Frunet will reach 15,000 Tm of this product in 2018, with additional increases in mangos and avocados
Frunet has added a new avocado farm. It has been extending its surface area over the past three years in la Axarquía and Colombia (for counter-season,) aimed at reaching 2,000 Tm of its own bio avocado production on all its farms (150 Hectares). This policy is giving a boost to the fruit, which previously had a lower profile in the company, and it is doing this by exclusively opting for the Hass variety and bio production.
It is also giving great relevance to mangos and pineapples. The company managed by Antonio Lavao has been working on this line shipped by air for nearly 7 years. They import 2,000 Tm of mangos from other sources (in addition, they have one million kilos of Spanish mangos). And they expect their pineapple production to increase by 50% this year, reaching 15,000 Tm. It is a “high value” segment, with good prices both in Spain and outside its borders. “Regarding pineapples, Spanish consumers are as good as or better than Germans, for example.” And the fact is that, according to Lavao, “Fruit and vegetable consumption is not linked to income, but to taste. In the end, food only makes up 10% of a family’s total spending.”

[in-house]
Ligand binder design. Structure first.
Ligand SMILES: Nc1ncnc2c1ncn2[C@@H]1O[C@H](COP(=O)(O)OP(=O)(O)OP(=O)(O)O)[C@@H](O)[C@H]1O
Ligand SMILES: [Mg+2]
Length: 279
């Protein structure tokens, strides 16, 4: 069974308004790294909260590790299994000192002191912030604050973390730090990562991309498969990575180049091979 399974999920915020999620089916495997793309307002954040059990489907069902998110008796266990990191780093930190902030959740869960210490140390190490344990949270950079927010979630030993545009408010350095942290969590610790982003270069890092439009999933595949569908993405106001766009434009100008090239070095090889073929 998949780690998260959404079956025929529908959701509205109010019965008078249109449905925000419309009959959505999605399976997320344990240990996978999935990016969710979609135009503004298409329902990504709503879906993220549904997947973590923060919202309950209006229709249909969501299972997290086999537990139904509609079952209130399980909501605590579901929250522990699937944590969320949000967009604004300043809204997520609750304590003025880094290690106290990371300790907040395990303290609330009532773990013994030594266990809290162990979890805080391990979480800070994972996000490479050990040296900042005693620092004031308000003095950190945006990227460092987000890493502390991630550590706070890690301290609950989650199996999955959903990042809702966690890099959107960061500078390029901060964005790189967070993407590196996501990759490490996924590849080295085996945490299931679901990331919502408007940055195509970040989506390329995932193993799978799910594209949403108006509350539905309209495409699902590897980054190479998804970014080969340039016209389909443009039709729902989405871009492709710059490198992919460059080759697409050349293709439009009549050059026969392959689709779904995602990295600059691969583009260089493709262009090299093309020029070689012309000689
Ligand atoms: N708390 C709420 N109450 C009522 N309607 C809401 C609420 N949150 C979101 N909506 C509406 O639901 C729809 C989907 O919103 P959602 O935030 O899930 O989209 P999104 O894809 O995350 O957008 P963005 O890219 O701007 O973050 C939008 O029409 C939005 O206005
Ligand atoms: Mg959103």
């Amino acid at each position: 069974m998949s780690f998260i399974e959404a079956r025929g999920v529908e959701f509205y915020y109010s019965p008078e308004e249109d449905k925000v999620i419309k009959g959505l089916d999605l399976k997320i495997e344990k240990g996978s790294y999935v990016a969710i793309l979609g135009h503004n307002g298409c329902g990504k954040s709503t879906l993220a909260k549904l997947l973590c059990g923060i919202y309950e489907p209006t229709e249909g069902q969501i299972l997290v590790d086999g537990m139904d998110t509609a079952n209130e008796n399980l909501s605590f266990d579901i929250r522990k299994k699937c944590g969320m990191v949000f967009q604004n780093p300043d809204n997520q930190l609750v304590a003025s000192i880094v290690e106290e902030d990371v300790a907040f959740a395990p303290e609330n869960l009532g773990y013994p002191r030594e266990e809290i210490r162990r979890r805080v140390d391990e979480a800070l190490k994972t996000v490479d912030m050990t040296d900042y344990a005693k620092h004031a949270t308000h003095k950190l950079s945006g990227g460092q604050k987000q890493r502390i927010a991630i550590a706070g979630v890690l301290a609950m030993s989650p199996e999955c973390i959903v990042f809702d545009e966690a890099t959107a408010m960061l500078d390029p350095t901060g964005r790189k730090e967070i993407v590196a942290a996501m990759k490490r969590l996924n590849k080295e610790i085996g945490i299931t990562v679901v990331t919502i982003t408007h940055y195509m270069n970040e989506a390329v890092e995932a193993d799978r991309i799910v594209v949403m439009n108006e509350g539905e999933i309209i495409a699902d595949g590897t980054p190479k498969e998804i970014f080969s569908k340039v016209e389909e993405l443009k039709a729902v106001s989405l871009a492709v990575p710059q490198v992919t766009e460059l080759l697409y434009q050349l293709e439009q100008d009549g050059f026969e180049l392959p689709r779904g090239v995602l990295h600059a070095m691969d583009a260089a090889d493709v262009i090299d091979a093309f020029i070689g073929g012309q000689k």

Frunet’s growth in tropical fruits is also being passed on to other crops such as tomatoes, for which the company already has 9 hectares of multi-tunnel greenhouses, mainly devoted to cherry tomatoes. “We have varieties with very interesting flavours, which we intend to use to give added value to a product that has dropped in price by 50% in recent years.”
Frunet exports around 80% of its volumes to the EU and to destinations such as Russia, Taiwan, Singapore… The next markets where they are carrying out trials are Canada and some Asian and Arab countries.
Bio – a commodity?
“The next few years are going to be complicated for the ecological sector. Bio has always been more a niche market, but with the introduction of large operators and the commitment to growth by all the companies in the sector this has meant the market has become saturated and eco is starting to become a commodity. We should be clear that not all consumers are potential bio consumers and I am almost certain that there will be a crisis in the offer. What is more, this point has already been reached with ecological tomatoes. We have seen this during the summer with lower prices for vine tomatoes due to oversupply.”